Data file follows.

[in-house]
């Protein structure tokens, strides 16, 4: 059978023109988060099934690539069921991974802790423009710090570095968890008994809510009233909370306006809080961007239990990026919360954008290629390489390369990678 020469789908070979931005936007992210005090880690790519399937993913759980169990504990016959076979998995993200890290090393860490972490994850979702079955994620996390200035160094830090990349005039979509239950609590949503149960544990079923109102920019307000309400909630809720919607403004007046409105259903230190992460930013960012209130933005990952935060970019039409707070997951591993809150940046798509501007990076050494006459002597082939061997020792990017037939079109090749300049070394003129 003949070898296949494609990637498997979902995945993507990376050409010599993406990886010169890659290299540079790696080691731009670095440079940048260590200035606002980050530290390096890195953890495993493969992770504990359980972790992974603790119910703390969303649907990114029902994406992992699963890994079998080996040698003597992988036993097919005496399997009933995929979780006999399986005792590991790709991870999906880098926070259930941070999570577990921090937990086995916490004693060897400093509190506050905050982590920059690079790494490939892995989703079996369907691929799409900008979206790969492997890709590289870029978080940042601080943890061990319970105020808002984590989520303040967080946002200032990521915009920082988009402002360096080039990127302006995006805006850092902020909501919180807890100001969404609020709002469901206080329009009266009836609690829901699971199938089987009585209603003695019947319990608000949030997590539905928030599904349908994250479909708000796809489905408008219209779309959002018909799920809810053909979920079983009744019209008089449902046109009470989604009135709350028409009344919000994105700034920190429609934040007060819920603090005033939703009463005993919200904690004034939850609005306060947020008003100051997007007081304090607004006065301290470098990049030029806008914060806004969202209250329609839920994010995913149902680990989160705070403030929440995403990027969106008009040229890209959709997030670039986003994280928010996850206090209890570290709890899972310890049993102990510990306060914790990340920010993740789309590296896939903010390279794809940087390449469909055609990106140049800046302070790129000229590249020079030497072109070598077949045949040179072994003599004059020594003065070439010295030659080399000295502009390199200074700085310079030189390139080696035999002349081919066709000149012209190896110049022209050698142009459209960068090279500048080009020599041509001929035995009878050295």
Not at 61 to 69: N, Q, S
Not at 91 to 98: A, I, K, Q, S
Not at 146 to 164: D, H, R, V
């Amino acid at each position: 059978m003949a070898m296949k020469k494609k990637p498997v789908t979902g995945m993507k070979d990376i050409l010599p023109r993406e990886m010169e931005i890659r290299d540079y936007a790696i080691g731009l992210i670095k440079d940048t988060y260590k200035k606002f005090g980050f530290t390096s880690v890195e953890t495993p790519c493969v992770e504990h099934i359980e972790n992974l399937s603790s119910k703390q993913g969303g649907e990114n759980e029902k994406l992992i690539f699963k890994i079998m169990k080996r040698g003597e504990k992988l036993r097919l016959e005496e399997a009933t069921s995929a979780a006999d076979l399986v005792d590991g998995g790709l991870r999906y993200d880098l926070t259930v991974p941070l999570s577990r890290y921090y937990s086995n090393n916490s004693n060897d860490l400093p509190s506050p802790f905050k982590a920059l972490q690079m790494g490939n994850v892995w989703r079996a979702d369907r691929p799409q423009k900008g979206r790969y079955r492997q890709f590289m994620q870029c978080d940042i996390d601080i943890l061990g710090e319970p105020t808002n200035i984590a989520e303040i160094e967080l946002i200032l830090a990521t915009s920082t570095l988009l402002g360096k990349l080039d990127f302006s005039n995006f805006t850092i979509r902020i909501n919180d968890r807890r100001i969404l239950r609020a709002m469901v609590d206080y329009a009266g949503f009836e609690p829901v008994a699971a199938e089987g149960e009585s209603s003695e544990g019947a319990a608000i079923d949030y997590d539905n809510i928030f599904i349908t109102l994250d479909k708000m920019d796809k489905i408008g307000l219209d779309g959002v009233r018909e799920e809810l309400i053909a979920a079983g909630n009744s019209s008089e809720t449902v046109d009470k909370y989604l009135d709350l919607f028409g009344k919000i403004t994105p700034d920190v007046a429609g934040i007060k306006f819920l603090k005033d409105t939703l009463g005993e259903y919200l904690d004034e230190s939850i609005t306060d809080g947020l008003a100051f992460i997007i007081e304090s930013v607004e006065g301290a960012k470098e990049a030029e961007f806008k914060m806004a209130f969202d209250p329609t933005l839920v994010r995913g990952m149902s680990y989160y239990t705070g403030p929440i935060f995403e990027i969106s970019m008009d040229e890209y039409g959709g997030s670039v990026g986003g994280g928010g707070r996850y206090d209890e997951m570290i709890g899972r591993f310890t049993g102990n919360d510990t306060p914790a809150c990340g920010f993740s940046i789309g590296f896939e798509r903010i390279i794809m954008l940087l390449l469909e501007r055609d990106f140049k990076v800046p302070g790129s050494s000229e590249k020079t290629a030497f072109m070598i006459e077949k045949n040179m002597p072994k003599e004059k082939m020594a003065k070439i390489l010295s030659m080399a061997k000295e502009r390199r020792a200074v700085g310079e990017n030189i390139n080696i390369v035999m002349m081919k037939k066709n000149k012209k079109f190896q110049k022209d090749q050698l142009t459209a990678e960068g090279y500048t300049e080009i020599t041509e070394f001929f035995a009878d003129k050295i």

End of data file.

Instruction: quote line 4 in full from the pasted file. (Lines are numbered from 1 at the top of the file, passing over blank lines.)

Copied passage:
Not at 91 to 98: A, I, K, Q, S